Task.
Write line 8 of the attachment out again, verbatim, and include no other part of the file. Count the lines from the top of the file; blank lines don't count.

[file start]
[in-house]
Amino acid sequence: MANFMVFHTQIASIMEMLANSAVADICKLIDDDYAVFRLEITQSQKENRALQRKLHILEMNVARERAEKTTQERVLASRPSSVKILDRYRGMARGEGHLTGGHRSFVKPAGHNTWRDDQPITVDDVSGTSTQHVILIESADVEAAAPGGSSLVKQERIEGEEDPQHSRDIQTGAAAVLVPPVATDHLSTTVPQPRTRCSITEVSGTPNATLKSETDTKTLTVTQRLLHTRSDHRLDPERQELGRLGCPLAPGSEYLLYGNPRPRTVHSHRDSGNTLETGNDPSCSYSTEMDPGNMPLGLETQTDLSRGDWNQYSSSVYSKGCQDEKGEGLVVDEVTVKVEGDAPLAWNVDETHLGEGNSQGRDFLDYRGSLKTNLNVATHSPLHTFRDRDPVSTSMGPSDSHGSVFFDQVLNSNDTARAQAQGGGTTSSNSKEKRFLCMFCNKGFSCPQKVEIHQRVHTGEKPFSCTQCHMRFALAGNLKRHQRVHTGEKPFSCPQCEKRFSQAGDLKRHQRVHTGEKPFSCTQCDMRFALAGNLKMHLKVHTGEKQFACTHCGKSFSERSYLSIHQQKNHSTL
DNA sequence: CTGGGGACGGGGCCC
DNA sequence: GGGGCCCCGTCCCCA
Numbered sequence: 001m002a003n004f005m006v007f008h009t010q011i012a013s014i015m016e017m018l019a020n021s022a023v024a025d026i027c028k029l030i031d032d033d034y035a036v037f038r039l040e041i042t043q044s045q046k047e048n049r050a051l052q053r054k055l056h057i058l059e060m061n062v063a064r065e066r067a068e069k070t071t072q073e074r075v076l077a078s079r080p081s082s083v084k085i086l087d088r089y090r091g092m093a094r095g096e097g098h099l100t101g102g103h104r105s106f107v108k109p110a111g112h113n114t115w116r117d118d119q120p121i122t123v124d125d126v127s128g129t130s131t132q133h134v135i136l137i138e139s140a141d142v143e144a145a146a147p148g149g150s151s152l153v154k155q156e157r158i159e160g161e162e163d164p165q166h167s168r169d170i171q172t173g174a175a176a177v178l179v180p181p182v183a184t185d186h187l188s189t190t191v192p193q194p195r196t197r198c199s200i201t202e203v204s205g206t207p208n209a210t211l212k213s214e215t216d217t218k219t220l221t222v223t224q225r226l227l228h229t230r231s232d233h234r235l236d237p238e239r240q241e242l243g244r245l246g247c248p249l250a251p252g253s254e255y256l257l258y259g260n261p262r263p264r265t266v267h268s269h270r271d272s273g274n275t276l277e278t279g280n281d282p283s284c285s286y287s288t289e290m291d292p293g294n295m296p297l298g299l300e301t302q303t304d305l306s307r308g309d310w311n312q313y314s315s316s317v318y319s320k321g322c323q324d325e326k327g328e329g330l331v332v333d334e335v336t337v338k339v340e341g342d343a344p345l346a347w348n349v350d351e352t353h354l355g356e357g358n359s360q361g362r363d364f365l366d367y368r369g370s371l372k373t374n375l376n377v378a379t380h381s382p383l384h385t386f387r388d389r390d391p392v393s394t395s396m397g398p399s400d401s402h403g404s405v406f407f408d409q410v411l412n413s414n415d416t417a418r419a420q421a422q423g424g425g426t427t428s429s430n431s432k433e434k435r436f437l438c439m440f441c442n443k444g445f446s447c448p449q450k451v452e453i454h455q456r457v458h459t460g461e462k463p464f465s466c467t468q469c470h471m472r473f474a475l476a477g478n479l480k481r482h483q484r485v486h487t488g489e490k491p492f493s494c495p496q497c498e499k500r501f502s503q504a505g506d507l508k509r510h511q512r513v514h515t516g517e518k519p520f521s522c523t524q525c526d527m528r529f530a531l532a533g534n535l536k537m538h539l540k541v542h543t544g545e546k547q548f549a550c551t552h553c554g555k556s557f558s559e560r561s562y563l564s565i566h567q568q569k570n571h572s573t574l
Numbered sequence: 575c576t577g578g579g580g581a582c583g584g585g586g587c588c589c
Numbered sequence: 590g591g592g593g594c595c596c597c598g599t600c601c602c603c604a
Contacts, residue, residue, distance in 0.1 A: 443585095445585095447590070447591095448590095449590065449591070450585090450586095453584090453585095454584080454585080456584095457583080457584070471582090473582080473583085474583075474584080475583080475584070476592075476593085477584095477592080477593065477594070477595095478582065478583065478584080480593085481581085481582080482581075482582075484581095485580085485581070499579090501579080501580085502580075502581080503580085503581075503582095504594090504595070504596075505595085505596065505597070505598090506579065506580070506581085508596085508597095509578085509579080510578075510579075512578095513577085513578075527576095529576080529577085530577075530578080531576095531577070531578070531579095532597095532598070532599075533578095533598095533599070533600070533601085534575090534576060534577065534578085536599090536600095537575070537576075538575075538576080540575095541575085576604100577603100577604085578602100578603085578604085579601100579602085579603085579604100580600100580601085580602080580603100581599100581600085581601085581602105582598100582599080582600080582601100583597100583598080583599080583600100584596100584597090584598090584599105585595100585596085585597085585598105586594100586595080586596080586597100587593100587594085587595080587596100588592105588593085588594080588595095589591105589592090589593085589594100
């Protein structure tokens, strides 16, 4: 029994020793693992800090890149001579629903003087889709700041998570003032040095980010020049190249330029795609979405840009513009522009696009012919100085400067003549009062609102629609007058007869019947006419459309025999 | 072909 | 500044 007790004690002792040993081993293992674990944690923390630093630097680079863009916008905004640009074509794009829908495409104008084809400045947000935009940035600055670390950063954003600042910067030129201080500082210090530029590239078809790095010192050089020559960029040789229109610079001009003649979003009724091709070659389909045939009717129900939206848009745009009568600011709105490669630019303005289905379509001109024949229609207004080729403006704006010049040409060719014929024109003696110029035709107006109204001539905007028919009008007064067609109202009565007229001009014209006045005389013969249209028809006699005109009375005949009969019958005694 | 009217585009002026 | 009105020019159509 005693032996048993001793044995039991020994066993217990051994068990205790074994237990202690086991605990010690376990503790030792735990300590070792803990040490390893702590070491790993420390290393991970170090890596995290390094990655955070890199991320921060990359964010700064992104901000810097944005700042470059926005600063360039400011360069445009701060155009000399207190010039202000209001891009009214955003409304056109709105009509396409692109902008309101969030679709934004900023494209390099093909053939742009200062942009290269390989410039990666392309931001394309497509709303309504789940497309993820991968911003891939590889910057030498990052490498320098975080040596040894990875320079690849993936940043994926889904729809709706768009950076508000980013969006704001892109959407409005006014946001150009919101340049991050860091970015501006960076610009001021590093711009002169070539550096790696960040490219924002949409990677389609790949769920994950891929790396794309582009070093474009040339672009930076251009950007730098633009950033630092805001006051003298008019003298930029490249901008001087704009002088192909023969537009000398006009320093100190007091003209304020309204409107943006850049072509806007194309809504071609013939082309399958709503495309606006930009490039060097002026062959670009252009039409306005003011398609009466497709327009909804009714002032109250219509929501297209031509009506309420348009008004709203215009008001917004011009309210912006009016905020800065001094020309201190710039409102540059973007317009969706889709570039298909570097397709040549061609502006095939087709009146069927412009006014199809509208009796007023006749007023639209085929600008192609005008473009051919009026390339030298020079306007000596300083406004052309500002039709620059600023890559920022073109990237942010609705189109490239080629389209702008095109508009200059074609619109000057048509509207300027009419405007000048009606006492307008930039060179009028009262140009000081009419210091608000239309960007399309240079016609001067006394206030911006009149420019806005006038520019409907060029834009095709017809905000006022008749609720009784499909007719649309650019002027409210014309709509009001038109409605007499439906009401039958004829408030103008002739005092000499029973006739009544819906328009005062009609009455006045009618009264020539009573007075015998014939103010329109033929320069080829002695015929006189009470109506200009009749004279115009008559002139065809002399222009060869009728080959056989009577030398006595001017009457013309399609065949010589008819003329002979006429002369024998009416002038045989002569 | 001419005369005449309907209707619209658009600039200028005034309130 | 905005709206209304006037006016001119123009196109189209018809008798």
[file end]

Contacts, residue, residue, distance in 0.1 A: 443585095445585095447590070447591095448590095449590065449591070450585090450586095453584090453585095454584080454585080456584095457583080457584070471582090473582080473583085474583075474584080475583080475584070476592075476593085477584095477592080477593065477594070477595095478582065478583065478584080480593085481581085481582080482581075482582075484581095485580085485581070499579090501579080501580085502580075502581080503580085503581075503582095504594090504595070504596075505595085505596065505597070505598090506579065506580070506581085508596085508597095509578085509579080510578075510579075512578095513577085513578075527576095529576080529577085530577075530578080531576095531577070531578070531579095532597095532598070532599075533578095533598095533599070533600070533601085534575090534576060534577065534578085536599090536600095537575070537576075538575075538576080540575095541575085576604100577603100577604085578602100578603085578604085579601100579602085579603085579604100580600100580601085580602080580603100581599100581600085581601085581602105582598100582599080582600080582601100583597100583598080583599080583600100584596100584597090584598090584599105585595100585596085585597085585598105586594100586595080586596080586597100587593100587594085587595080587596100588592105588593085588594080588595095589591105589592090589593085589594100